Trust and Deterrence
AbstractThis paper presents results from a laboratory experiment on the channels through which different law enforcement strategies deter cartel formation. With leniency policies offering immunity to the first reporting party a high fine is the main determinant of deterrence, having a strong effect even when the probability of exogenous detection is zero. Deterrence appears then mainly driven by 'distrust', the fear of partners deviating and reporting. Absent leniency, the probability of detection and the expected fine matter the most, and low fines are exploited to punish defections. The results appear relevant to several other crimes sharing cartels' strategic features, including corruption and financial fraud.
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Bibliographic InfoPaper provided by C.E.P.R. Discussion Papers in its series CEPR Discussion Papers with number 9002.
Date of creation: Jun 2012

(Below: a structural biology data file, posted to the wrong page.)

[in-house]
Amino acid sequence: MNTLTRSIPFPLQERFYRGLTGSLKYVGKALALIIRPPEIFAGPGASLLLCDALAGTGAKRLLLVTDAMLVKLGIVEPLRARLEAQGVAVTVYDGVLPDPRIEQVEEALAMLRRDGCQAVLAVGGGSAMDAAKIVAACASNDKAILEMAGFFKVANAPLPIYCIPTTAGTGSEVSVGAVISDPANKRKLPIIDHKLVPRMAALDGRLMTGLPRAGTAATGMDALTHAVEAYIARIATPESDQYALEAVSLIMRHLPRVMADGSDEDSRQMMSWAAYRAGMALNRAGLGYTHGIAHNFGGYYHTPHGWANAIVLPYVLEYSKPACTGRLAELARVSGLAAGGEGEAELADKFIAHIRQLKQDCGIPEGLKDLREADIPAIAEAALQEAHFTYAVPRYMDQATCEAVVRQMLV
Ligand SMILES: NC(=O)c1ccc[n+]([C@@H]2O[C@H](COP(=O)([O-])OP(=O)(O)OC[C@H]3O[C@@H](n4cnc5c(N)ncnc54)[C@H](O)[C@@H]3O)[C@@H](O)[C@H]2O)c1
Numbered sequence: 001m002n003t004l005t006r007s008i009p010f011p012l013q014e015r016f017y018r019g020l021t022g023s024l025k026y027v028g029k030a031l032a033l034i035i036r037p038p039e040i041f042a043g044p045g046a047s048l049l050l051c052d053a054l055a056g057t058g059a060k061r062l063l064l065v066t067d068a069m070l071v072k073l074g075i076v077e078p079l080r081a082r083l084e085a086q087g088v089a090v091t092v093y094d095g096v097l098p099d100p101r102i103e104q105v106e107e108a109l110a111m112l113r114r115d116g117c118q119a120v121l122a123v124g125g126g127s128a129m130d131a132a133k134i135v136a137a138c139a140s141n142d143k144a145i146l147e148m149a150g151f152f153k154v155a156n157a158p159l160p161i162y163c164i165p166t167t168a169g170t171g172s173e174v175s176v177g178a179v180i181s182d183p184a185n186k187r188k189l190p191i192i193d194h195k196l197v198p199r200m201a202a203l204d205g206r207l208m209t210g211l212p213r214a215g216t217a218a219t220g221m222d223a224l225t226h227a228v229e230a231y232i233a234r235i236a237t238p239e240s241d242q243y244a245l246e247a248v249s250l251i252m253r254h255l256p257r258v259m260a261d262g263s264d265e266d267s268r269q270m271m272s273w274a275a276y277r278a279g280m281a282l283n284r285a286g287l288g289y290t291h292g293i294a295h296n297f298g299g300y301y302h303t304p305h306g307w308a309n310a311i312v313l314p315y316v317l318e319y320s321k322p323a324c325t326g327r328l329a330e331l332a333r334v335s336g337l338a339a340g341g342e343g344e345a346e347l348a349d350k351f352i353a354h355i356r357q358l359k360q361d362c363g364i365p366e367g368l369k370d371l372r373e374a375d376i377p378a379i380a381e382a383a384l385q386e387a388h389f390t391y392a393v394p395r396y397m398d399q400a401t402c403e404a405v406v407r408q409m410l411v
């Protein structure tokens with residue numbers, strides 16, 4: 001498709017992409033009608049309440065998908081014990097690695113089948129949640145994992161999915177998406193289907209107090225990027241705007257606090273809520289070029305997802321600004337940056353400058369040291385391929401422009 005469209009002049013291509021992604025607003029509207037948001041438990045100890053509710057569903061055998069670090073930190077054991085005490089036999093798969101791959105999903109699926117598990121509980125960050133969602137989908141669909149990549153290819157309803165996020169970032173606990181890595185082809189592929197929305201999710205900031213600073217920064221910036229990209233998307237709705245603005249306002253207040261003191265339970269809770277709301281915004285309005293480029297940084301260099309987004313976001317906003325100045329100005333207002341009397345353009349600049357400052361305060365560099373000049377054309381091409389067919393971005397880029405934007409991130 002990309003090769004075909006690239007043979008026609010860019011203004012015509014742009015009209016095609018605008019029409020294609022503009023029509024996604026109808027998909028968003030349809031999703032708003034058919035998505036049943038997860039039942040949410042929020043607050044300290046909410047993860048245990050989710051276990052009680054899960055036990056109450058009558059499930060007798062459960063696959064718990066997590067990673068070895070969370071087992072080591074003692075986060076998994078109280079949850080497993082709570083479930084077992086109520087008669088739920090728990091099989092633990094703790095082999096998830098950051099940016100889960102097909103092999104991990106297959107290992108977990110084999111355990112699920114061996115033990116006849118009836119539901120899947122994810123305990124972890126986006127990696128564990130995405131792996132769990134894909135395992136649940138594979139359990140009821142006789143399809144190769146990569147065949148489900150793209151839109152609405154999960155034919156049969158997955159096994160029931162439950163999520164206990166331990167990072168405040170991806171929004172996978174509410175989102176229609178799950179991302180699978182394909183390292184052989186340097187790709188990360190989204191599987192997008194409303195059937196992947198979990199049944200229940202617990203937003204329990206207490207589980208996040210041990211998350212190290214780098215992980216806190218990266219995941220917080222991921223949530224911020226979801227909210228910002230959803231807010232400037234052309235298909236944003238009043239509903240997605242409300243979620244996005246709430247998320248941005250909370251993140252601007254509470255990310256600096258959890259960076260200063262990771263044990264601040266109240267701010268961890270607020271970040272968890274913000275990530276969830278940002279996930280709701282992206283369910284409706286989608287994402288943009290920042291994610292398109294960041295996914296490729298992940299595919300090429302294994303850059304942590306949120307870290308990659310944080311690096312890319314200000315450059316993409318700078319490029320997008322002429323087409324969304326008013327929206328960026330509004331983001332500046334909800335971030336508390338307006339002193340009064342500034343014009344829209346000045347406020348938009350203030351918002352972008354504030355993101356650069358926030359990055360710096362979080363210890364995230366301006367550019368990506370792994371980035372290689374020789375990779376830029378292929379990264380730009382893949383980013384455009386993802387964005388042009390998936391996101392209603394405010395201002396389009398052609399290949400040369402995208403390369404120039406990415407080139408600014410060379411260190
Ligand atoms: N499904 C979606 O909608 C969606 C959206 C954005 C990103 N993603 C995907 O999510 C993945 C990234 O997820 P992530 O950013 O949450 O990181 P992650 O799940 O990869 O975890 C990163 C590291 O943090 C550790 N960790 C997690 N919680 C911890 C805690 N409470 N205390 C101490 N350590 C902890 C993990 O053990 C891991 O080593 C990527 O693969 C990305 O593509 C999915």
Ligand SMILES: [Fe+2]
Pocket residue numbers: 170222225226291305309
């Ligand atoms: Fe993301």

Date of revision:
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Find related papers by JEL classification:
- C92 - Mathematical and Quantitative Methods - - Design of Experiments - - - Laboratory, Group Behavior
- D03 - Microeconomics - - General - - - Behavioral Microeconomics; Underlying Principles
- K21 - Law and Economics - - Regulation and Business Law - - - Antitrust Law
- K42 - Law and Economics - - Legal Procedure, the Legal System, and Illegal Behavior - - - Illegal Behavior and the Enforcement of Law
- L41 - Industrial Organization - - Antitrust Issues and Policies - - - Monopolization; Horizontal Anticompetitive Practices
This paper has been announced in the following NEP Reports:
- NEP-ALL-2012-06-25 (All new papers)
- NEP-COM-2012-06-25 (Industrial Competition)
- NEP-EXP-2012-06-25 (Experimental Economics)
- NEP-SOC-2012-06-25 (Social Norms & Social Capital)
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